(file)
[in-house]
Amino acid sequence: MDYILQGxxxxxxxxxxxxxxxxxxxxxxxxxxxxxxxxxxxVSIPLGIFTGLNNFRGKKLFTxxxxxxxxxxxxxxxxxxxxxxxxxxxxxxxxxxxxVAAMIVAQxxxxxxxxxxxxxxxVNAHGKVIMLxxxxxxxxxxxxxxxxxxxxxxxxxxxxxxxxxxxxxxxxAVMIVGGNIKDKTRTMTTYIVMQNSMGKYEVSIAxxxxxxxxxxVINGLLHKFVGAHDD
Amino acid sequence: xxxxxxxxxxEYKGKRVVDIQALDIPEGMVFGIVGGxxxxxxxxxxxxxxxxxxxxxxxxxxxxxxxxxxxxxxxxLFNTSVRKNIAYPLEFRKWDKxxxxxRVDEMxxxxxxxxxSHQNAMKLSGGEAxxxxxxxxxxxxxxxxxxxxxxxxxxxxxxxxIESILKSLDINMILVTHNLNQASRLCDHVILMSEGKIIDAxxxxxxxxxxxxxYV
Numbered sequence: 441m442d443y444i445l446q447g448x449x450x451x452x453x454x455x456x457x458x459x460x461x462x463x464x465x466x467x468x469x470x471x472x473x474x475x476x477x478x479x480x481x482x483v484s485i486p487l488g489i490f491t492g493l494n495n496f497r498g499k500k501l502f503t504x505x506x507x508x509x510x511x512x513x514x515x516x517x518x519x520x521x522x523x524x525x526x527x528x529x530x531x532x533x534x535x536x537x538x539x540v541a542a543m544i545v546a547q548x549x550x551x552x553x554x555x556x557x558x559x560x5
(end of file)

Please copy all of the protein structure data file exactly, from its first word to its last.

[in-house]
Amino acid sequence: MDYILQGxxxxxxxxxxxxxxxxxxxxxxxxxxxxxxxxxxxVSIPLGIFTGLNNFRGKKLFTxxxxxxxxxxxxxxxxxxxxxxxxxxxxxxxxxxxxVAAMIVAQxxxxxxxxxxxxxxxVNAHGKVIMLxxxxxxxxxxxxxxxxxxxxxxxxxxxxxxxxxxxxxxxxAVMIVGGNIKDKTRTMTTYIVMQNSMGKYEVSIAxxxxxxxxxxVINGLLHKFVGAHDD
Amino acid sequence: xxxxxxxxxxEYKGKRVVDIQALDIPEGMVFGIVGGxxxxxxxxxxxxxxxxxxxxxxxxxxxxxxxxxxxxxxxxLFNTSVRKNIAYPLEFRKWDKxxxxxRVDEMxxxxxxxxxSHQNAMKLSGGEAxxxxxxxxxxxxxxxxxxxxxxxxxxxxxxxxIESILKSLDINMILVTHNLNQASRLCDHVILMSEGKIIDAxxxxxxxxxxxxxYV
Numbered sequence: 441m442d443y444i445l446q447g448x449x450x451x452x453x454x455x456x457x458x459x460x461x462x463x464x465x466x467x468x469x470x471x472x473x474x475x476x477x478x479x480x481x482x483v484s485i486p487l488g489i490f491t492g493l494n495n496f497r498g499k500k501l502f503t504x505x506x507x508x509x510x511x512x513x514x515x516x517x518x519x520x521x522x523x524x525x526x527x528x529x530x531x532x533x534x535x536x537x538x539x540v541a542a543m544i545v546a547q548x549x550x551x552x553x554x555x556x557x558x559x560x5